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The Relationship of Lifestyle to International Trends in CHD


Epstein, F H (1989). The Relationship of Lifestyle to International Trends in CHD. International Journal of Epidemiology, 18(Supp.):S203-S209.

Abstract

Three components of lifestyle—nutrition, smoking and alcohol drinking patterns—have been related to rates of decline or increase of coronary heart disease (CHD) mortality in 27 countries during the past 10 to 25 years. In almost all of the countries with major falls or rises in CHD mortality, there are, respectively, corresponding decreases or increases in animal fat consumption, with reciprocal changes in the consumption of vegetable fats. Countries with moderate or small mortality declines show variable patterns of fat consumption. The prevalence of smoking is declining among men and remains unchanged or is increasing slightly among women in most countries, suggesting that differences in the rate of decline between countries or between the sexes are not related to an appreciable degree to differences in the change of smoking habits; however, the mortality changes in any individual country are most probably influenced by smoking. The consumption of alcoholic beverages increases almost everywhere and cannot be related quantitatively to the secular CHD mortality trends. These findings support in general the presently recommended courses of action for the prevention of premature CHD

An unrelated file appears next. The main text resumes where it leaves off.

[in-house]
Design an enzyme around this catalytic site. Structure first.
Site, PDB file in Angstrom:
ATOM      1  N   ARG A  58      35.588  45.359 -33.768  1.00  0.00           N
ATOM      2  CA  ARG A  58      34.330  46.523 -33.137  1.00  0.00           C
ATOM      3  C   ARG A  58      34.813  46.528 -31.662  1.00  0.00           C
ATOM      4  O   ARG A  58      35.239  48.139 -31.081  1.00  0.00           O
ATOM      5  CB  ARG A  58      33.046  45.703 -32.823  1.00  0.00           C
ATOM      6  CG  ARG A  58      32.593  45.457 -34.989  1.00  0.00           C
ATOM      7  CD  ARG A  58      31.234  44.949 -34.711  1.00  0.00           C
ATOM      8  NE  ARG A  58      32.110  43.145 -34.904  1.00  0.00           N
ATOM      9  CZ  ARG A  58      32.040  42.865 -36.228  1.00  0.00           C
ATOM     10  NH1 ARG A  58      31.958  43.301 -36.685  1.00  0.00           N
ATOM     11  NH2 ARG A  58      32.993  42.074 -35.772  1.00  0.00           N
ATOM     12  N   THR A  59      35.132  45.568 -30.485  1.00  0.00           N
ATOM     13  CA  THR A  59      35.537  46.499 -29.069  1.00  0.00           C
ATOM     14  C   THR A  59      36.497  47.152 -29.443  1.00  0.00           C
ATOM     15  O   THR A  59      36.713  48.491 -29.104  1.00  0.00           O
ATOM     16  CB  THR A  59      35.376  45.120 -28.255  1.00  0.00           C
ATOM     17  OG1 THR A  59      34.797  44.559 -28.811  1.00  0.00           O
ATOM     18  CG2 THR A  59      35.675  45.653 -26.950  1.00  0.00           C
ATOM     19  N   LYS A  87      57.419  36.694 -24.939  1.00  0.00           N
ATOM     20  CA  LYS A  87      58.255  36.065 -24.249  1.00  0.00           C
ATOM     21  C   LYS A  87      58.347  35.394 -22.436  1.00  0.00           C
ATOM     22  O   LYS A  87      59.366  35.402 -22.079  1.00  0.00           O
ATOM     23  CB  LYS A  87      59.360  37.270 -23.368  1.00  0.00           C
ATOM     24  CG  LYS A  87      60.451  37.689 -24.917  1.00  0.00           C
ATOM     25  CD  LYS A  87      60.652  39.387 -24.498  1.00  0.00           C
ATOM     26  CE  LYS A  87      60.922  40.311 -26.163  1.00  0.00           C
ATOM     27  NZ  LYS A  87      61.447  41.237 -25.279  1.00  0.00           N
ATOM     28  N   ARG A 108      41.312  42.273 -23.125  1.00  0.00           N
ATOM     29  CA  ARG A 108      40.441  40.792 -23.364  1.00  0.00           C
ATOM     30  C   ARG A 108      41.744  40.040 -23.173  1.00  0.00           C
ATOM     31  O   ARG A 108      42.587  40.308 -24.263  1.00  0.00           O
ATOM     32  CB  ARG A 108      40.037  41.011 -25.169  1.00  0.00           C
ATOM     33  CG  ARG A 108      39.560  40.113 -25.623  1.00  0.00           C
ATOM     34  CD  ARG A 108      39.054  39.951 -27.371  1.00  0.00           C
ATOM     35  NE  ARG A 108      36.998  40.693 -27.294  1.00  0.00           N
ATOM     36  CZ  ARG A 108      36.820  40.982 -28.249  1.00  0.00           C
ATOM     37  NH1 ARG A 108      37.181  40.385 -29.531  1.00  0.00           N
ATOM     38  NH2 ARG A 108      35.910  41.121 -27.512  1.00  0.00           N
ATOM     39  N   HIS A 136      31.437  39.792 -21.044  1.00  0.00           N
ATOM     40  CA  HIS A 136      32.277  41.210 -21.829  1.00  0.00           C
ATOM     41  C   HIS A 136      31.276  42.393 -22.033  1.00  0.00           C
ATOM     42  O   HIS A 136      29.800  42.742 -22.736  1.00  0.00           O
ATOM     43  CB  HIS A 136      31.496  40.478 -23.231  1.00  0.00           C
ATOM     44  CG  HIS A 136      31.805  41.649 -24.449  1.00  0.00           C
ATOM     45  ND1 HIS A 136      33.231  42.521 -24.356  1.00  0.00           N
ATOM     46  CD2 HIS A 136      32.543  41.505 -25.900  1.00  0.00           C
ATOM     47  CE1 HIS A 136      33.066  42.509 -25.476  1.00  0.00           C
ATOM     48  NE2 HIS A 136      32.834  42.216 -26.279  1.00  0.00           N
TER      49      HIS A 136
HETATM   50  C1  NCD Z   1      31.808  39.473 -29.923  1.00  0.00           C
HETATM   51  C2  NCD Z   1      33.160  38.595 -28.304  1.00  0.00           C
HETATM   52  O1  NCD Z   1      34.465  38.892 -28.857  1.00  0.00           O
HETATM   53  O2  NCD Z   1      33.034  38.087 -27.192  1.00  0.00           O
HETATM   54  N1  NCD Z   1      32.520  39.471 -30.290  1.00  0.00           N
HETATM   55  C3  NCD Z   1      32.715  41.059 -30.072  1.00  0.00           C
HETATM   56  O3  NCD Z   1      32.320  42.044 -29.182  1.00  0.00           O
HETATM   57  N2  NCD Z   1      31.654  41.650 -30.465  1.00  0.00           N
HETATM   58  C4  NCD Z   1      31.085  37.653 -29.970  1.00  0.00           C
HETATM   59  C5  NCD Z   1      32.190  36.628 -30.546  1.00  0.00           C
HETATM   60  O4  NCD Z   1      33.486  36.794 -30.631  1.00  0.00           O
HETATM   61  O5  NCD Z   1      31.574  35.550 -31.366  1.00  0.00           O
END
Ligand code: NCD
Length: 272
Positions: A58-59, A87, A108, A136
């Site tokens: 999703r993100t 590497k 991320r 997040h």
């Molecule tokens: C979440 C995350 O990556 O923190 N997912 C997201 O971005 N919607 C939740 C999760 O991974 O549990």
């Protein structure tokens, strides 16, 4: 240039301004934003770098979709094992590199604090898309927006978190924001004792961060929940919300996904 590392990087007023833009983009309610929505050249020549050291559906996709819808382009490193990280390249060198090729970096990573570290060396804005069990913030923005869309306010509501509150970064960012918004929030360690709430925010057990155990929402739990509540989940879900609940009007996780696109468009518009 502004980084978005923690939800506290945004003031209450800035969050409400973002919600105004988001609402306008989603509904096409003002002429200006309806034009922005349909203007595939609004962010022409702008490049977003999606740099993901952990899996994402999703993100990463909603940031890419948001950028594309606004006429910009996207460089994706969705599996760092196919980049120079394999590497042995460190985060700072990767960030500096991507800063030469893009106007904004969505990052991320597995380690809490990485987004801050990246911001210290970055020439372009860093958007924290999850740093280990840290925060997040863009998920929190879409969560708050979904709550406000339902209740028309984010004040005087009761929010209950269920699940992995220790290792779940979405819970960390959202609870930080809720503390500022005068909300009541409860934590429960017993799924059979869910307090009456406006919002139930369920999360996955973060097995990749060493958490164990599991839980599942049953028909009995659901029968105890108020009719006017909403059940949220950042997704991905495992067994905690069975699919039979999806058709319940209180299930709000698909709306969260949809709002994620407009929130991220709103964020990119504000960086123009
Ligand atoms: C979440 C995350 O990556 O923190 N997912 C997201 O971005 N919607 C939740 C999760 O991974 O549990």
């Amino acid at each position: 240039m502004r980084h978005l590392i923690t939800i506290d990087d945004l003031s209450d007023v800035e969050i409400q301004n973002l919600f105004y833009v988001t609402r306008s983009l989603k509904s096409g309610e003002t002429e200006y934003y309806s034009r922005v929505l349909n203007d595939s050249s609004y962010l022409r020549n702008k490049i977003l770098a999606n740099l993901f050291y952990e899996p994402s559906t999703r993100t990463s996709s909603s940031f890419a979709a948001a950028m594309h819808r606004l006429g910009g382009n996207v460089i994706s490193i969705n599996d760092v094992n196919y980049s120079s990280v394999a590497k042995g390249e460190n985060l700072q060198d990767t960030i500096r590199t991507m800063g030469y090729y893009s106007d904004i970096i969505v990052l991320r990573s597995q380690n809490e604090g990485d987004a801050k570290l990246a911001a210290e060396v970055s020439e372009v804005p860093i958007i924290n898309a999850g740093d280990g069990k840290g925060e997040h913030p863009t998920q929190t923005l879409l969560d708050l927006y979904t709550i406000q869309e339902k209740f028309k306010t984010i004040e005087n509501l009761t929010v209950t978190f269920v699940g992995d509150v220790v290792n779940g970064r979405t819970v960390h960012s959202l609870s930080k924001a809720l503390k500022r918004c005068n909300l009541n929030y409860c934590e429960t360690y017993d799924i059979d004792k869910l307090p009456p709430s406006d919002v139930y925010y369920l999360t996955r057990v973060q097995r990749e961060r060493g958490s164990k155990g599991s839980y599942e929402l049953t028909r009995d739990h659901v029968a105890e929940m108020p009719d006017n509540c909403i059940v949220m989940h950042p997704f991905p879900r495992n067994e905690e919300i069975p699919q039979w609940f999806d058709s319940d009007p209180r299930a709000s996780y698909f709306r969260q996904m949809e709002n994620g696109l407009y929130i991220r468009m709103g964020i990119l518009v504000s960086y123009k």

Abstract

Three components of lifestyle—nutrition, smoking and alcohol drinking patterns—have been related to rates of decline or increase of coronary heart disease (CHD) mortality in 27 countries during the past 10 to 25 years. In almost all of the countries with major falls or rises in CHD mortality, there are, respectively, corresponding decreases or increases in animal fat consumption, with reciprocal changes in the consumption of vegetable fats. Countries with moderate or small mortality declines show variable patterns of fat consumption. The prevalence of smoking is declining among men and remains unchanged or is increasing slightly among women in most countries, suggesting that differences in the rate of decline between countries or between the sexes are not related to an appreciable degree to differences in the change of smoking habits; however, the mortality changes in any individual country are most probably influenced by smoking. The consumption of alcoholic beverages increases almost everywhere and cannot be related quantitatively to the secular CHD mortality trends. These findings support in general the presently recommended courses of action for the prevention of premature CHD

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Additional indexing

Item Type:Journal Article, refereed, original work
Communities & Collections:National licences > 142-005
Dewey Decimal Classification:610 Medicine & health
Scopus Subject Areas:Health Sciences > Epidemiology
Language:English
Date:1 January 1989
Deposited On:17 Oct 2018 14:39
Last Modified:15 Apr 2021 14:50
Publisher:Oxford University Press
ISSN:0300-5771
OA Status:Green
Free access at:Publisher DOI. An embargo period may apply.
Publisher DOI:https://doi.org/10.1093/ije/18.supplement_1.s203

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